The holidays are over and if you have a real tree it may be starting to dry out and drop needles. Some years I put it outside for the birds to find some shelter from the cold and wind, but in the years when the winter is mild, I use my pine needles in other ways.
15 Ways to Use Pine Needles
1. Make homemade natural soap with pine essential oil and pine needles. Pine is naturally antibacterial and smells great! You can leave the needles at their full length or you can grind them to a powder.
2. Place pine needles under acid loving plants such as holly, azalea, or rhododendron. Don’t forget the blueberry plants. They love acid too!
3. Make a “tea” with pine needles. Strain and use the liquid to spray on counter tops or floors to clean them and leave a fresh pine scent. Pine Sol was originally made this way.
4. Pine needles, especially longer ones, tend to “knit” themselves together. Use them in a thick layer on a hill for mulch – they won’t tend to blow away or be washed away like other mulches.
5. Place some pine needles in your winter garden to keep moles and voles out. This works well to deter cats and dogs from getting into your garden too. You will need to replace them often as the scent dissipates quickly.
6. If you didn’t use a preservative you can make a tea from the pine needles and drink it. The needles contain a lot of Vitamin C. This is true of all the pines – spruce, fir, and hemlock trees. Hemlock is safe if you use the pine type variety and not the poisonous hemlock, which is a water loving plant that is in the carrot family. (Note: Some Christmas tree farms spray green paint on trees to enhance appearance. If you’re not 100% sure whether your tree was sprayed you may want to call the tree farm to ask before making a tea from your needles.)
7. You can also make a tincture from pine needles. Take a pint jar and fill it half way with dried needles. Cover the needles with vodka and place in a sunny spot for a few weeks. Shake daily to release more of the oils from the needles. I use 40% vodka which works very well for tinctures. After a few weeks, you can strain the liquid. To use, take 5-15 drops a day for an extra Vitamin C boost.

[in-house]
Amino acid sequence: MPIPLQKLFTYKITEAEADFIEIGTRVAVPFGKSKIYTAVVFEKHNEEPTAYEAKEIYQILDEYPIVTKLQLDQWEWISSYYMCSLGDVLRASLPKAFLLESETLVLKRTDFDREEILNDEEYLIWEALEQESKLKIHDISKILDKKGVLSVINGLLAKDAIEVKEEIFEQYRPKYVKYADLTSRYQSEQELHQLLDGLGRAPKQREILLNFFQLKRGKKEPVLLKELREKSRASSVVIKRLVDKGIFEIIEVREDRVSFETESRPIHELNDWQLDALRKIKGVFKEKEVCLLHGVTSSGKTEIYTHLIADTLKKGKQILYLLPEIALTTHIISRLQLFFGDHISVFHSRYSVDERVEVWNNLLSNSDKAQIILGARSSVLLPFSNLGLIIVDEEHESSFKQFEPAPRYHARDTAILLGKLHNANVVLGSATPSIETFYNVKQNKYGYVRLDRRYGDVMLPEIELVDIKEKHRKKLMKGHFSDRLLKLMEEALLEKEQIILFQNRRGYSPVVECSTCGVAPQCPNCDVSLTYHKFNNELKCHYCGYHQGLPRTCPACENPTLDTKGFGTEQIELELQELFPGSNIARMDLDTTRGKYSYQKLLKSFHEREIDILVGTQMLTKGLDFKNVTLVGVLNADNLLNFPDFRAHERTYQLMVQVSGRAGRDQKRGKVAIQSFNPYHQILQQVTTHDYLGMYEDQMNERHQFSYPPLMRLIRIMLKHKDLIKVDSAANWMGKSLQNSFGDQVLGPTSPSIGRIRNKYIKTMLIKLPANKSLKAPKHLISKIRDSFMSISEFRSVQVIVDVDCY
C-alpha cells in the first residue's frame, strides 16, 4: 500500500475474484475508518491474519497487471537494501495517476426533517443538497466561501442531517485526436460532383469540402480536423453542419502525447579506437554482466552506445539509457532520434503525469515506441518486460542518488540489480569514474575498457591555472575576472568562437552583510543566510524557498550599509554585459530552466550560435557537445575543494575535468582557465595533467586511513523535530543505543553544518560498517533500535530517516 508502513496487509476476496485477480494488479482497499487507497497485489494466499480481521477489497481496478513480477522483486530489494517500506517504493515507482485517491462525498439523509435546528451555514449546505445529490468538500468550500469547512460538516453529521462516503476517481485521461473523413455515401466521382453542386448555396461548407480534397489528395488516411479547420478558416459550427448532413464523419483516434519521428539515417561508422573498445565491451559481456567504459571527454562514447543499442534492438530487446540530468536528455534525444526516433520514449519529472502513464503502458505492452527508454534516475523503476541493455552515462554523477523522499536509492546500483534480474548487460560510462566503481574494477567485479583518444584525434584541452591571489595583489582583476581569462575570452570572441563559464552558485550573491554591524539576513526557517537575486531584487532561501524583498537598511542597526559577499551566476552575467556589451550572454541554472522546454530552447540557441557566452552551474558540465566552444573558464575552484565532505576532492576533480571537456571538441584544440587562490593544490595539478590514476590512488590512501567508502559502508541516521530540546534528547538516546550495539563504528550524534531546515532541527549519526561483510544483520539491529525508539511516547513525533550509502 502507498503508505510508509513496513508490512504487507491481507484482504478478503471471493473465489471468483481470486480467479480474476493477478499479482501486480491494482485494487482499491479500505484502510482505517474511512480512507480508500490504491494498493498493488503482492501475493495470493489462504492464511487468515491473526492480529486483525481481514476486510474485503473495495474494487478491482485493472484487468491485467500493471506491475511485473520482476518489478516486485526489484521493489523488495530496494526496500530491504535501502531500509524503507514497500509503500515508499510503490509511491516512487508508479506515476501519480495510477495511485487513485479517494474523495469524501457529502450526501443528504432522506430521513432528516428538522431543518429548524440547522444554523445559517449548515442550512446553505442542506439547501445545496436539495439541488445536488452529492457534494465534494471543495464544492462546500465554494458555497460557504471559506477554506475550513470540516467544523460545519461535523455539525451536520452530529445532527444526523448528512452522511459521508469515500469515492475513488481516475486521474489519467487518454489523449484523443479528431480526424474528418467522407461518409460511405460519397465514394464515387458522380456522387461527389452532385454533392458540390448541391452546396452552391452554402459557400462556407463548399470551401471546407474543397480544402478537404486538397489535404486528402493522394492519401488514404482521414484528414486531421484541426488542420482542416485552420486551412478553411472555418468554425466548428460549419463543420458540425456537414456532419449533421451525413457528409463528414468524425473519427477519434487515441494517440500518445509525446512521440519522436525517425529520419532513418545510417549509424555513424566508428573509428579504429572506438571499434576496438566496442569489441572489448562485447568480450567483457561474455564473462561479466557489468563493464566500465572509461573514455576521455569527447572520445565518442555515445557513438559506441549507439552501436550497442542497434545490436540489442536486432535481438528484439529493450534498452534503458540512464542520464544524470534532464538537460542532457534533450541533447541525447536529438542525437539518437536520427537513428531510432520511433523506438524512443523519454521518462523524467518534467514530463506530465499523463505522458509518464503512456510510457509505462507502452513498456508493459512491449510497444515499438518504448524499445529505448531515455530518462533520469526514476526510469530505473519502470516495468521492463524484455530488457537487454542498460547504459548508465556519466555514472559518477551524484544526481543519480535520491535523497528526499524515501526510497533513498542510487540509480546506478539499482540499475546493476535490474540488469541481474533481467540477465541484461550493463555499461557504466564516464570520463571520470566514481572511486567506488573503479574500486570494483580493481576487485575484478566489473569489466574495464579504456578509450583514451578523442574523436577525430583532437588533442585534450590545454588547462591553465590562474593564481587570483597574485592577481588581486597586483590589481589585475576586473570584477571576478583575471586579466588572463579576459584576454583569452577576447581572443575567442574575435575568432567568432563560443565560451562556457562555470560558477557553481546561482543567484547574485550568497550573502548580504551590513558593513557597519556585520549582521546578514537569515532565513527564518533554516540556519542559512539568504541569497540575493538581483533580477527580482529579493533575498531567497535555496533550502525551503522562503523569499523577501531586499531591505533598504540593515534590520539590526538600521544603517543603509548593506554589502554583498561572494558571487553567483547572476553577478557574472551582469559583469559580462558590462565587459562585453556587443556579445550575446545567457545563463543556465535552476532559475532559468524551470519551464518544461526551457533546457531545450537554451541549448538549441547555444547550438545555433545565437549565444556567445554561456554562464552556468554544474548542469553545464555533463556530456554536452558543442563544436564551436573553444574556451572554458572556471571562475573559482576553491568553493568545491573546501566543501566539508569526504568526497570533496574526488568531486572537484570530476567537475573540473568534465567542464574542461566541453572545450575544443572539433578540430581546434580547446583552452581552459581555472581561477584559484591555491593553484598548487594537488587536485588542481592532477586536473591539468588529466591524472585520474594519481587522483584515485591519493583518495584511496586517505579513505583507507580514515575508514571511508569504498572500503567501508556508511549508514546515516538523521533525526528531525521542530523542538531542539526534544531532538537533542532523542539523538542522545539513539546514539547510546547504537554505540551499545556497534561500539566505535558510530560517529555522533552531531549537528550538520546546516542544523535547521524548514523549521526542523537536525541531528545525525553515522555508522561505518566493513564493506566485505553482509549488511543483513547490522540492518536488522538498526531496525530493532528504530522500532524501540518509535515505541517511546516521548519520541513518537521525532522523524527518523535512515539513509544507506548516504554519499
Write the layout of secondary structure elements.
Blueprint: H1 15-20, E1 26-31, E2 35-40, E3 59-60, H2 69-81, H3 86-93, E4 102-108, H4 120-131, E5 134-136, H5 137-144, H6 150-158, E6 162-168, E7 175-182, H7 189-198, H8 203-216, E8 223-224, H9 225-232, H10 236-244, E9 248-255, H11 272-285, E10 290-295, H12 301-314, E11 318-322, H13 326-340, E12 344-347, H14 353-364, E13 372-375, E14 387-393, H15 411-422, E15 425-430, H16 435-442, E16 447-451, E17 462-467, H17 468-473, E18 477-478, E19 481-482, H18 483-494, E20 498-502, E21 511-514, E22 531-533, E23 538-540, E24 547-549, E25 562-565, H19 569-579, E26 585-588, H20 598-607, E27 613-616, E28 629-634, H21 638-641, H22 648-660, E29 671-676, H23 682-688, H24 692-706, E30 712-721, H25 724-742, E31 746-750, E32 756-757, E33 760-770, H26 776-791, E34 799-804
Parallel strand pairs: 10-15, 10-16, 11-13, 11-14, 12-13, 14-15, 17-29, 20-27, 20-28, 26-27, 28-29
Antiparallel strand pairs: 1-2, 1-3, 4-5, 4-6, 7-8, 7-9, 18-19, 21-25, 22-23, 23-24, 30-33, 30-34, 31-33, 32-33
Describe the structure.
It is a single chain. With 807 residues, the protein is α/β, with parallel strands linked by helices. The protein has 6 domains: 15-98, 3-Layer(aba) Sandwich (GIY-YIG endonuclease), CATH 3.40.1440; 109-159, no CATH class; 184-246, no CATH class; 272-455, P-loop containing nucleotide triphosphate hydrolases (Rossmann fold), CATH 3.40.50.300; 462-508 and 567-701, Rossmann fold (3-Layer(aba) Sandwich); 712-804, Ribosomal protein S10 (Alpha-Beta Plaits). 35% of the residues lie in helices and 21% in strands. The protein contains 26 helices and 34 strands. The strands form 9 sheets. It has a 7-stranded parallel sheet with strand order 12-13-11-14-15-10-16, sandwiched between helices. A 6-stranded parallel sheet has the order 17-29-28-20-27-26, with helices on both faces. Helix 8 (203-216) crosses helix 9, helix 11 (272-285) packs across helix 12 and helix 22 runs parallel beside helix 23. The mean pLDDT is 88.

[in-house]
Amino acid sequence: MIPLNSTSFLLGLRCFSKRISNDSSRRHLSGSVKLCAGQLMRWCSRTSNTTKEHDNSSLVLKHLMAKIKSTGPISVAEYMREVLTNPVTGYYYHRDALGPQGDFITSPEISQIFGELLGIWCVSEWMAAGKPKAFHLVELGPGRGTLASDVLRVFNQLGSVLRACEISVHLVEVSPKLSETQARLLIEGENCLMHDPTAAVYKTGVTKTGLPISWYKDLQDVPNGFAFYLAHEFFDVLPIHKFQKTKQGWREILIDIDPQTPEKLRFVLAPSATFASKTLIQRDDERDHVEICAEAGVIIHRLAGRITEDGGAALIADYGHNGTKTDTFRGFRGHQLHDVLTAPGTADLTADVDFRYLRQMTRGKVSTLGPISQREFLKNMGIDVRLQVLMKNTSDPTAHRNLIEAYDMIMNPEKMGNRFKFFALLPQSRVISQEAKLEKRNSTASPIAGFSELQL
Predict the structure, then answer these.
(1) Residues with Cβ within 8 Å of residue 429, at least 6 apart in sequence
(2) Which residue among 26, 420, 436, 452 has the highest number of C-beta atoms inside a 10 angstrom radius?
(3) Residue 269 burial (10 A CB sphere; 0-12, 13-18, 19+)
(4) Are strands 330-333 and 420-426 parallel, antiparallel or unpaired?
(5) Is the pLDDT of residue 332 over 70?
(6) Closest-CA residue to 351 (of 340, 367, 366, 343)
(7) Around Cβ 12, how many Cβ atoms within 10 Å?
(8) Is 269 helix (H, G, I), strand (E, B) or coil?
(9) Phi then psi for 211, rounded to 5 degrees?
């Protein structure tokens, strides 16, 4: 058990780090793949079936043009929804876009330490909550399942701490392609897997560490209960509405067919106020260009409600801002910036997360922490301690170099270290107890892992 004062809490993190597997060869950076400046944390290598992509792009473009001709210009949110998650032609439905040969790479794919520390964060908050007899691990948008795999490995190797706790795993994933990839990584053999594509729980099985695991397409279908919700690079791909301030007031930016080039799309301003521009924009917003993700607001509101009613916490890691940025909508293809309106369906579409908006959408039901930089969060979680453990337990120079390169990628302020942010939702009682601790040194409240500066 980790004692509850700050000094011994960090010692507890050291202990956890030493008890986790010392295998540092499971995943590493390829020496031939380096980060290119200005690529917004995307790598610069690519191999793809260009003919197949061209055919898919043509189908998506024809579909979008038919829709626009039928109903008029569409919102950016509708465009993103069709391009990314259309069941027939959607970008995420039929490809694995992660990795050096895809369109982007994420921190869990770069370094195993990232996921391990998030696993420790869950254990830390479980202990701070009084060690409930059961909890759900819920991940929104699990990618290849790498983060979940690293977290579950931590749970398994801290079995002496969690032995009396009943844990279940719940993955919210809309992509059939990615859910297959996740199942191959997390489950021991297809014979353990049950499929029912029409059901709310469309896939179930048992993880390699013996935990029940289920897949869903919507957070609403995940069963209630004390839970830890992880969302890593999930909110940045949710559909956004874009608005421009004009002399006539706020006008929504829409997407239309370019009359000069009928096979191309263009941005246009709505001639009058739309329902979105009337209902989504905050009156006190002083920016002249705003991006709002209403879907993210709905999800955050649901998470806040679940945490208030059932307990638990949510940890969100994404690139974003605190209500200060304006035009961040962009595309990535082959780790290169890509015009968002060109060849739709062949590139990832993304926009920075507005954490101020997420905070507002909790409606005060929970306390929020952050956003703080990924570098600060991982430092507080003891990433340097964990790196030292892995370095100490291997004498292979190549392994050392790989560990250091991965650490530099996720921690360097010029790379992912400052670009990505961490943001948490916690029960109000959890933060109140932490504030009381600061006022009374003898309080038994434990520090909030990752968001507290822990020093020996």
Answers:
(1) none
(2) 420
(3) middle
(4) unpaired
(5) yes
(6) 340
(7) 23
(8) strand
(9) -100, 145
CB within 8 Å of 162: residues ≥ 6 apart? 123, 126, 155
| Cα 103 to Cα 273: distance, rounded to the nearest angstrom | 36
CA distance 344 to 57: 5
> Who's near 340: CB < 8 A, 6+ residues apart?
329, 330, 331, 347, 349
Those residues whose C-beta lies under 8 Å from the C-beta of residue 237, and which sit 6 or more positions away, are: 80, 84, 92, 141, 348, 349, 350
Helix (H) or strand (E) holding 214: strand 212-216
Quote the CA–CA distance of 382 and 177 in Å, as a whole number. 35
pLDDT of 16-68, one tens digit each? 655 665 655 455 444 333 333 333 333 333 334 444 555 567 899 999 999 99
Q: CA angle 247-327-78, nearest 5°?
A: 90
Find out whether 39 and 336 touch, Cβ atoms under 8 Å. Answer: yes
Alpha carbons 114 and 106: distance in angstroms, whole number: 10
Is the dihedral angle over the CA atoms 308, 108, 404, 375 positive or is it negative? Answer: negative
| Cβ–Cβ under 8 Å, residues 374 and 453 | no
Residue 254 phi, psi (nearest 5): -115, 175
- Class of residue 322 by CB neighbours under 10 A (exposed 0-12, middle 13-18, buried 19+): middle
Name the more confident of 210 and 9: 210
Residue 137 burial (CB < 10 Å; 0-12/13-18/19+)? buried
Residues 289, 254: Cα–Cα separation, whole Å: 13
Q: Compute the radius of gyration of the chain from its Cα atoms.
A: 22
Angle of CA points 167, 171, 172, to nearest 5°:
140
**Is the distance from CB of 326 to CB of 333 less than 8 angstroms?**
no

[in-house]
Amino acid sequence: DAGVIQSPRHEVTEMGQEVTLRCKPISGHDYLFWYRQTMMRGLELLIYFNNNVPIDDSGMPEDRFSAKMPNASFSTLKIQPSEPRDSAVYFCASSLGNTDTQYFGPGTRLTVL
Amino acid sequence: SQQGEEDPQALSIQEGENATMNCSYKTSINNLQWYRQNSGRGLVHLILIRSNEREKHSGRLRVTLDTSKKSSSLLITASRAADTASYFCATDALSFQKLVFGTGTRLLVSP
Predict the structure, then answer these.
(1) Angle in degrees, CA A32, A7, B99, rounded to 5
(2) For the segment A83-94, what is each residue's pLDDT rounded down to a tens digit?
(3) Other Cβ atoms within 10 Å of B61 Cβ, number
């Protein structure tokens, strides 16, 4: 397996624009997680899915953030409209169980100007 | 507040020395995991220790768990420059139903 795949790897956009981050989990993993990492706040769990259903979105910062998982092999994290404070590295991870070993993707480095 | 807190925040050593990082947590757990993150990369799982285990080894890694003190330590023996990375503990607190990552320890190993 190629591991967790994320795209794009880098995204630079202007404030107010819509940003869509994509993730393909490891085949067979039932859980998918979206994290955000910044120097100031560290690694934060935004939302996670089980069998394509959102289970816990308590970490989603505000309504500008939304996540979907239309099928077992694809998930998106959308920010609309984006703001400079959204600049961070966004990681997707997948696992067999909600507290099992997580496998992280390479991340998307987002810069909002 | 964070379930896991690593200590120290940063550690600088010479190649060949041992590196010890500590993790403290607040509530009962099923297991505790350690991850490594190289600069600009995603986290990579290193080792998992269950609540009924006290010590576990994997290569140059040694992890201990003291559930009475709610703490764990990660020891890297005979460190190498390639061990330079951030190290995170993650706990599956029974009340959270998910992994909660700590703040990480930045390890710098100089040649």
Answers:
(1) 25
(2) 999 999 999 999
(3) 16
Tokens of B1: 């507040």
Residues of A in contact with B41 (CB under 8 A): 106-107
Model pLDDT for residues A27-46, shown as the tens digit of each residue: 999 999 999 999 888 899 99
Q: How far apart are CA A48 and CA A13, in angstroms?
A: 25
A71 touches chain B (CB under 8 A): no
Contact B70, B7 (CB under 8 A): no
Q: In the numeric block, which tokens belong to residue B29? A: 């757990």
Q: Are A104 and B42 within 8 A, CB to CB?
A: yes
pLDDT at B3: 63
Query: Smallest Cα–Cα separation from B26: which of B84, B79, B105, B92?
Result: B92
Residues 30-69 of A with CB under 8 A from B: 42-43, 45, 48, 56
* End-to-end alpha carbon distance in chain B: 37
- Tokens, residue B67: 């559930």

8. Make a foot bath. Take a handful of pine needles and throw into a basin of warm water. Soak your feet in this for at least 15 minutes. The naturally antibacterial action of the pine will help to get rid of anything that may be lingering, such as athlete’s foot.
9. Longer pine needles can be soaked in warm water to make them pliable. Then they can be used to weave baskets. Many Native American tribes use pine needles in basketry.
10. Ground needles can be used to make a soft green dye for cottons and other natural fibers. (See our article on How to Dye Fabrics Using Natural Materials for full instructions.)
11. You can add them to chicken’s nest boxes to help keep bugs out. They work very well on the floor of the hen house too. Mix them with pine or aspen shavings as they are not very absorbent on their own.
12. Use pine needles as a cover for your paths instead of rock or mulch. They don’t decompose quickly, so they don’t need to be replaced as often as mulch would.
13. Pine needles make great fire starters. Place a handful of needles in a muffin paper and add a bit of melted wax. This works really well if you place the muffin papers in an old muffin tin first. Let the wax harden and place in a large jar. To use, build your fire as you normally would, but then place a fire starter under the sticks. Light it and watch the flames come to life.
14. You can also sprinkle some pine needles on a fire just for the smell. Be careful not to use too many. They contain a lot of sap and can contribute to creosote.
15. Make your own incense! Grind up pine needles and place a small mound in a fireproof bowl. Light the needles and enjoy the scent.
Have you used pine needles in an unusual way? Tell us about it!